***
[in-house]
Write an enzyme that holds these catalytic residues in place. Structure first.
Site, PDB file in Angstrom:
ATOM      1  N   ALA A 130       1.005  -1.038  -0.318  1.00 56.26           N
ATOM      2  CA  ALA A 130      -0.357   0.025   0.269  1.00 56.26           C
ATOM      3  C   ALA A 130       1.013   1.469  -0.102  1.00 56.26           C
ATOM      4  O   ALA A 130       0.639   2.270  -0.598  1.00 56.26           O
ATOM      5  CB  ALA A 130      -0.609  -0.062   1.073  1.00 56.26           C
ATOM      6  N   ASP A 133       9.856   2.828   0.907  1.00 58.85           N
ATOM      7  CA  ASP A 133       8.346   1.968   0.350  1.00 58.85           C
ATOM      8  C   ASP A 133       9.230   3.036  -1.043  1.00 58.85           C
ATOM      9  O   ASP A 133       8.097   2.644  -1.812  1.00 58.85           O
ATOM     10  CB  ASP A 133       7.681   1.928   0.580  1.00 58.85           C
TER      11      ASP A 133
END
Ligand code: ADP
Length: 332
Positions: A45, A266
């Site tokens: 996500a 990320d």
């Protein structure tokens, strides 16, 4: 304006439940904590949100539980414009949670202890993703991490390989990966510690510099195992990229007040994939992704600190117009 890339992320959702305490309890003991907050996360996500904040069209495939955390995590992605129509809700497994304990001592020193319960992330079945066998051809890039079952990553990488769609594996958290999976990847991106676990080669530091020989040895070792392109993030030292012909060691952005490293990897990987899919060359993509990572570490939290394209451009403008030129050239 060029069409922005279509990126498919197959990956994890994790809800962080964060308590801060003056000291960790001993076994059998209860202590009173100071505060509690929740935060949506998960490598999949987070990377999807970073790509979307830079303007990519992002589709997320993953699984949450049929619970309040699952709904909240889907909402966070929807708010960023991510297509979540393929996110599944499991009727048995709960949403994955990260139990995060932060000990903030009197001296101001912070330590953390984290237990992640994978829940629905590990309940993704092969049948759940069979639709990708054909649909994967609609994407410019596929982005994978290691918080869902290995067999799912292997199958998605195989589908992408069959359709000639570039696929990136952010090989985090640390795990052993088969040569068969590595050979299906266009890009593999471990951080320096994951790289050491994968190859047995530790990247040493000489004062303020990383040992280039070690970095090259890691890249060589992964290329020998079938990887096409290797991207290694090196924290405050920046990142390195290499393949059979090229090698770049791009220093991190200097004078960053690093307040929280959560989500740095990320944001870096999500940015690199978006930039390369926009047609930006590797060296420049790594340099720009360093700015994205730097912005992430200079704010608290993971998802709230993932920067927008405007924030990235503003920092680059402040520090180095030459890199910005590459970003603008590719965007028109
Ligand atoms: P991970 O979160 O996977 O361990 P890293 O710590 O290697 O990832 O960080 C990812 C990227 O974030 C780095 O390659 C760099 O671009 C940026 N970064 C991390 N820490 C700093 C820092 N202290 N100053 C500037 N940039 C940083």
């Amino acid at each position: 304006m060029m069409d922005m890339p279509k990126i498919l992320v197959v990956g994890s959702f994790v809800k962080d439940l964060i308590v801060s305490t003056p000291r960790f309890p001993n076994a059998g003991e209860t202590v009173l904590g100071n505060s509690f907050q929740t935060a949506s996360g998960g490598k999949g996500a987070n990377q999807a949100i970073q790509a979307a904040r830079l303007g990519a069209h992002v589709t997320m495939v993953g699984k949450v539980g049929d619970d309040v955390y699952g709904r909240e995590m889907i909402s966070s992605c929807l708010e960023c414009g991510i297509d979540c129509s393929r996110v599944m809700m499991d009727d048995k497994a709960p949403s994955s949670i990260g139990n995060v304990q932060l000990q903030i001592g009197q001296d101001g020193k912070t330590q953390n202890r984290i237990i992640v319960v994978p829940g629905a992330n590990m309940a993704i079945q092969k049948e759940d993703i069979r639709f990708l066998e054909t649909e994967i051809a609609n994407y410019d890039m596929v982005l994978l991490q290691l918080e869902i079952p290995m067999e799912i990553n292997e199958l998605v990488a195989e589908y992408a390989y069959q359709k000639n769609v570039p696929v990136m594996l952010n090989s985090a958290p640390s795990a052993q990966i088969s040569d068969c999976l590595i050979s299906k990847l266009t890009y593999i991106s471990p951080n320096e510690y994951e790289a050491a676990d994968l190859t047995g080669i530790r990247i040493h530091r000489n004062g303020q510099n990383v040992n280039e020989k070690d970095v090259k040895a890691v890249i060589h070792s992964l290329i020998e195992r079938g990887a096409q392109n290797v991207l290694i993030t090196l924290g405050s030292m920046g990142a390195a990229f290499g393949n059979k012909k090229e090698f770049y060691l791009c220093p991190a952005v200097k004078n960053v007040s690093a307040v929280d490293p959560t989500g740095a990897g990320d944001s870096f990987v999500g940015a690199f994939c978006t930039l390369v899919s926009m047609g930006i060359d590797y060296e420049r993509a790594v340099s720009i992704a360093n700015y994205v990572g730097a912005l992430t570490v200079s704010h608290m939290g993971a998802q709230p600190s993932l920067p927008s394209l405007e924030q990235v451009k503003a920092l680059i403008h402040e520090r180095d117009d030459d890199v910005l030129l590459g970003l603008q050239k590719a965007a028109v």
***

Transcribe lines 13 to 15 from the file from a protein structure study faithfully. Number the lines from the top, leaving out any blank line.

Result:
ATOM     10  CB  ASP A 133       7.681   1.928   0.580  1.00 58.85           C
TER      11      ASP A 133
END